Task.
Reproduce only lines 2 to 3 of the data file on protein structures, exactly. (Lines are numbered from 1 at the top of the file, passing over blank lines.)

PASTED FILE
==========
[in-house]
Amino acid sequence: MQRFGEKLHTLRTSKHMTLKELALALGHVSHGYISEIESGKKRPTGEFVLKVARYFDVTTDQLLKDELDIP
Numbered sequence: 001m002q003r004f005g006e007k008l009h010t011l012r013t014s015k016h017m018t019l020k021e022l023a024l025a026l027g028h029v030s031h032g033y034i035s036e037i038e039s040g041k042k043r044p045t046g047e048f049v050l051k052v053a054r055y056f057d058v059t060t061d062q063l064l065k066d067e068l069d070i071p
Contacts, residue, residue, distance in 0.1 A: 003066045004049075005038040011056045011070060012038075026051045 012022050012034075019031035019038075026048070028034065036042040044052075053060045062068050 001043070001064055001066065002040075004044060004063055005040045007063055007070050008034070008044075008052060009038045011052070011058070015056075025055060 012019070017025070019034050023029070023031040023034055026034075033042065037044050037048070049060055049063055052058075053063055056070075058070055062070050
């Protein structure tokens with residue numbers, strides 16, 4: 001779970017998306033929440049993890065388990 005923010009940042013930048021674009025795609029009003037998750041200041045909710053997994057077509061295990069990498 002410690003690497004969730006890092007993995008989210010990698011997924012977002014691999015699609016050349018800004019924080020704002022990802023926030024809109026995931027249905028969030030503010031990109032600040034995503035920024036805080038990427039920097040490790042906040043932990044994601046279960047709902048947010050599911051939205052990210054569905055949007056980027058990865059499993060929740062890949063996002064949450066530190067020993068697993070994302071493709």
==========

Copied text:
Amino acid sequence: MQRFGEKLHTLRTSKHMTLKELALALGHVSHGYISEIESGKKRPTGEFVLKVARYFDVTTDQLLKDELDIP
Numbered sequence: 001m002q003r004f005g006e007k008l009h010t011l012r013t014s015k016h017m018t019l020k021e022l023a024l025a026l027g028h029v030s031h032g033y034i035s036e037i038e039s040g041k042k043r044p045t046g047e048f049v050l051k052v053a054r055y056f057d058v059t060t061d062q063l064l065k066d067e068l069d070i071p